Veasley-Johnson a big addition for Smyrna

SMYRNA — When Nalik Veasley-Johnson first arrived at Smyrna High, he quickly found out about the athletic programs.

“I heard football was about to threepeat and basketball won a championship last year,” he said. “So I was like, ‘Oh, they’re good at sports.’”

And liked what he heard.

After moving from North Carolina, Veasley-Johnson has been a welcomed addition to the Smyrna boys’ basketball team. He and the rest of the Eagles will take on Sanford tonight at 8 p.m. at the Bob Carpenter Center in Newark in the semifinals of the DIAA state tournament.

The junior forward was born in Delaware but moved to North Carolina when he was in middle school. This offseason though he returned to Delaware and joined the defending state champions.

It just so happened Smyrna was in need of some extra height.

Zubi Nwankwo, the 7-foot-1 center from last year’s title team, had transferred to a school in Ohio. While Veasley-Johnson might not be as tall as Nwankwo at 6-foot-6, he’s been just as effective for the Eagles (21-3).

“I fit right in,” Veasley-Johnson said. “I knew they had a seven-footer last year and while I’m not seven-feet, I thought I could fill his role and maybe do some things he can’t do. Since practice started, we’ve been building chemistry every day.”

Veasley-Johnson recorded a double-double in Smyrna’s quarterfinal victory over Woodbridge with 14 points and 13 rebounds.

Smyrna coach Andrew Mears said Veasley-Johnson is averaging a double-double on the season.

“He works hard on the boards and does a good job for us defensively,” Mears said. “And then when the ball does get into his hands, he knows what to do with it and he shoots from the free-throw line really well.”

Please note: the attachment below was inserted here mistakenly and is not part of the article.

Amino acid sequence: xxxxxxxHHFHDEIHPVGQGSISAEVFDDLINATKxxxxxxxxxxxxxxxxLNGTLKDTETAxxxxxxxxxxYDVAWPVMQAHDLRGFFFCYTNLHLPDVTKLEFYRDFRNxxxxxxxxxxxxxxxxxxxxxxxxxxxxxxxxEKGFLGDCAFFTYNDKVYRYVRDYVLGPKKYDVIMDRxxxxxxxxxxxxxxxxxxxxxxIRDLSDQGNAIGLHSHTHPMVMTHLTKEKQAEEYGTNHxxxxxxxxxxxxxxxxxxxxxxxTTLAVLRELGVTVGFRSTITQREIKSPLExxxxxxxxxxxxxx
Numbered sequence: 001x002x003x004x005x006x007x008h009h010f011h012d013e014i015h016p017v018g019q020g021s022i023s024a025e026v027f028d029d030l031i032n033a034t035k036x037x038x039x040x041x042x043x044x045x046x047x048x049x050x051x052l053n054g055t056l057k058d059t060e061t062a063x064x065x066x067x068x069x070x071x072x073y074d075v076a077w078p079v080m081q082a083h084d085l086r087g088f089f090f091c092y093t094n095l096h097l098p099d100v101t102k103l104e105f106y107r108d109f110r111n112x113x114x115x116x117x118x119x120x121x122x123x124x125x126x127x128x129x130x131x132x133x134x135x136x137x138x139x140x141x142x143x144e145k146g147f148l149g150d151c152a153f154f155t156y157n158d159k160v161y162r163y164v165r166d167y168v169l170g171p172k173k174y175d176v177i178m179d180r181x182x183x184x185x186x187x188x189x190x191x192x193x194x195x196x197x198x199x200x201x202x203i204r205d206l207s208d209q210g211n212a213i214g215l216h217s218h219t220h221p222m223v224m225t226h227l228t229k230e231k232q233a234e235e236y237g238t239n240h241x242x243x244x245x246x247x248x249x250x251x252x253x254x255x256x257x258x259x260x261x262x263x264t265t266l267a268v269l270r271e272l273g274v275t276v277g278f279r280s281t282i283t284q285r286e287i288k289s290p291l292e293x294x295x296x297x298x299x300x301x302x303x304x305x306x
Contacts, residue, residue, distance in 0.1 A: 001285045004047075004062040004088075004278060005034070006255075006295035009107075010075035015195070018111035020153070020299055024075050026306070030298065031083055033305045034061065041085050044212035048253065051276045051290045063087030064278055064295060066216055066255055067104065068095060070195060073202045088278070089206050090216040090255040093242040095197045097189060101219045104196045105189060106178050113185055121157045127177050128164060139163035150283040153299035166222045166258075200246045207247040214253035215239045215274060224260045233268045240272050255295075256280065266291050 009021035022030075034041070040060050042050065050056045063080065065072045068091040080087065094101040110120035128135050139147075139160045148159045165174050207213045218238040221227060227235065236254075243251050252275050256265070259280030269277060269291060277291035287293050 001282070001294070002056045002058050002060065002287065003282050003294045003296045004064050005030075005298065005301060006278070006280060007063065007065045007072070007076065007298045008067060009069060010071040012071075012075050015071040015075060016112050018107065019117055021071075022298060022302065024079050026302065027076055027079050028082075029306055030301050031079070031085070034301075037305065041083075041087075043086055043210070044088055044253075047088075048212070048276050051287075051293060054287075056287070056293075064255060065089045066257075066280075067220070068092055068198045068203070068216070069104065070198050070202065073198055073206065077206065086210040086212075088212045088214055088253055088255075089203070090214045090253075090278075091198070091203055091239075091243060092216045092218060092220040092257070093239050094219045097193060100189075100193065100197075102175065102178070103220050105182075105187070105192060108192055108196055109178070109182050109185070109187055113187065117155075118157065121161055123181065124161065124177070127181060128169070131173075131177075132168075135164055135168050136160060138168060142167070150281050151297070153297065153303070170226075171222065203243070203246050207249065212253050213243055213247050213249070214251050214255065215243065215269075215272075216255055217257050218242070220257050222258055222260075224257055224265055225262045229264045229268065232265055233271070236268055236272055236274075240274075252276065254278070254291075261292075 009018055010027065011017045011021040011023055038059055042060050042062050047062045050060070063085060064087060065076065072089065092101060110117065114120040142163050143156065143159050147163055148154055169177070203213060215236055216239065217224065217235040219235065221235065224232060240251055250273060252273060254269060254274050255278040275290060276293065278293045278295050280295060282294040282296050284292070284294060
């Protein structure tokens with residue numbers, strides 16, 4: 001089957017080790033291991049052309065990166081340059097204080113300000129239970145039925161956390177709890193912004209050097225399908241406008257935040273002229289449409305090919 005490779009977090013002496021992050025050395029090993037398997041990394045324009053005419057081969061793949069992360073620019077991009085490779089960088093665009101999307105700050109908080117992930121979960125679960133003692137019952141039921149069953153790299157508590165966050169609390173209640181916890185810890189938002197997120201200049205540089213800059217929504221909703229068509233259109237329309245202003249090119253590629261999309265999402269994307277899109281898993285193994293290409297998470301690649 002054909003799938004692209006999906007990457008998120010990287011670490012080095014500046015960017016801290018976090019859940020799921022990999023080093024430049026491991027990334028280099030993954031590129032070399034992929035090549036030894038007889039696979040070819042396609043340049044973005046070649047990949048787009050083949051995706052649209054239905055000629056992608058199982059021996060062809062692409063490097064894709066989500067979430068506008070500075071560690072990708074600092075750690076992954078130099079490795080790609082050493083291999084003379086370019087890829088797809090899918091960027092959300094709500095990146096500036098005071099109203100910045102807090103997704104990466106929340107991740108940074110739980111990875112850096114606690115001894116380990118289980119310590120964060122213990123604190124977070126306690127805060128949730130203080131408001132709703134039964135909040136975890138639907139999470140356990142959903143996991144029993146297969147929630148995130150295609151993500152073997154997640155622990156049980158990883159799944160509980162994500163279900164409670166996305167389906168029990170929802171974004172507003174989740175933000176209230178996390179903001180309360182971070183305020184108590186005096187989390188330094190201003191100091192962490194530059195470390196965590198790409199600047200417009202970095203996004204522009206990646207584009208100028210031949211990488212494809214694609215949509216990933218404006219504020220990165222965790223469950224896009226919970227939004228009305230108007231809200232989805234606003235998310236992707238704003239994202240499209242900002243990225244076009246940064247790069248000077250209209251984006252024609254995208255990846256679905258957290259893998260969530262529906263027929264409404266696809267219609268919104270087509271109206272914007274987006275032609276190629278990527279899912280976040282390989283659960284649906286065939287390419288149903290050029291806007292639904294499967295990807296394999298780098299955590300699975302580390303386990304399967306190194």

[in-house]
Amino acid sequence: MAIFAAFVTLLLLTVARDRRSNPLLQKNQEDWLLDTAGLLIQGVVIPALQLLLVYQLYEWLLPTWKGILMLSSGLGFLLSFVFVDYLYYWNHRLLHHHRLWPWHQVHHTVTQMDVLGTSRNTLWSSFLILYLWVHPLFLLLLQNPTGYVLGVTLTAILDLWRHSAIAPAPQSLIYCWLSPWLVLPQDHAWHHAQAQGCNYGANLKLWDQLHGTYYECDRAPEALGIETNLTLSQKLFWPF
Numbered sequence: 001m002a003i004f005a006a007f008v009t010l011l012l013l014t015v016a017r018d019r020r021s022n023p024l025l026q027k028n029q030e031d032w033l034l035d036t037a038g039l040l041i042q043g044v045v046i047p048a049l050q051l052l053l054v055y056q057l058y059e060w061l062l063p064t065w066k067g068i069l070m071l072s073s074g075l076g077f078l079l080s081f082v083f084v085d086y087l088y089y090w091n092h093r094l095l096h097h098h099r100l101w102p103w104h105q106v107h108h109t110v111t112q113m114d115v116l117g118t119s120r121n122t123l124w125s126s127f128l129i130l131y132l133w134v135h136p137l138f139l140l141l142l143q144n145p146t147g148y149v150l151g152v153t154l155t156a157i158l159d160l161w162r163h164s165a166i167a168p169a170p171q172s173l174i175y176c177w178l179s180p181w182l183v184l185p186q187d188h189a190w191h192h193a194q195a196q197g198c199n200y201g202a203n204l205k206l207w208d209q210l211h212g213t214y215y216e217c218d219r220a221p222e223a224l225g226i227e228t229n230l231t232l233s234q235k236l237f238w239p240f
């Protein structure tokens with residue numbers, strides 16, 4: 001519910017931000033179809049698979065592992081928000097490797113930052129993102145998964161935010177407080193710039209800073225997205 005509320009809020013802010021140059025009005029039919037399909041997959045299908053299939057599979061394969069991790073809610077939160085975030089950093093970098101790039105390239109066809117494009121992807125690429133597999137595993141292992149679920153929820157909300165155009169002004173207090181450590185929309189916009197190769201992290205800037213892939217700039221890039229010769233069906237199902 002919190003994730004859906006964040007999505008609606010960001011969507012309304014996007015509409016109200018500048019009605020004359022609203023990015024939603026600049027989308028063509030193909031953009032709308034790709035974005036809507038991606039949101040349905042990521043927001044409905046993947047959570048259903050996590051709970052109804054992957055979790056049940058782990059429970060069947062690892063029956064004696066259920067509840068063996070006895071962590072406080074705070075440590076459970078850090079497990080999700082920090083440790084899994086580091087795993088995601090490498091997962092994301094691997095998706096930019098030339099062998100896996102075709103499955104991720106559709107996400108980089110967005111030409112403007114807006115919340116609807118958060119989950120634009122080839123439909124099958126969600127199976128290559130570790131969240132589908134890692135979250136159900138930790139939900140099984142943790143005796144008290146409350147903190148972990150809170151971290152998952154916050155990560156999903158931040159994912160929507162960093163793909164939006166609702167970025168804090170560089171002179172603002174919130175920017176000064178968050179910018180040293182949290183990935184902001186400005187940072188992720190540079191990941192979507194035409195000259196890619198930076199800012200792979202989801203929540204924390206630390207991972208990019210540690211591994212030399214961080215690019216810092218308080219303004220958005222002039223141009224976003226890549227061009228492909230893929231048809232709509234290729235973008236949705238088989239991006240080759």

Veasley-Johnson played varsity basketball last season for Hopewell High in Huntersville, North Carolina last year, who plays in the 4A division, one of the toughest divisions in North Carolina.

He typically only played at forward for Hopewell. But realized he would see a lot of time at center when he showed up at Smyrna.

Smyrna’s Nalik Veasley-Johnson shoots against Woodbridge’s Troy Haynes in the second quarter at Smyrna on Thursday. Delaware State News/Marc Clery

“I knew I was the tallest kid in school,” he said. “Down in North Carolina, I didn’t play the five because people were taller than me. I played the four and three. But I’m just taking my role and trying to work well with the team.”

Veasley-Johnson has given the Eagles another dynamic post player, teaming well with fellow junior Jaymeir Garnett — reminiscent of last year’s duo of Nwankwo and Garnett.

Garnett also had a double-double in the quarterfinals with 13 points and 11 rebounds.

“Nalik has given us good balance,” Mears said. “With the presence of Jaymeir, sometimes he doesn’t get all the touches he may deserve. But he’s an ego-less guy. All he cares about is his teammates and the win. It makes it easy for us with all the pieces we have.


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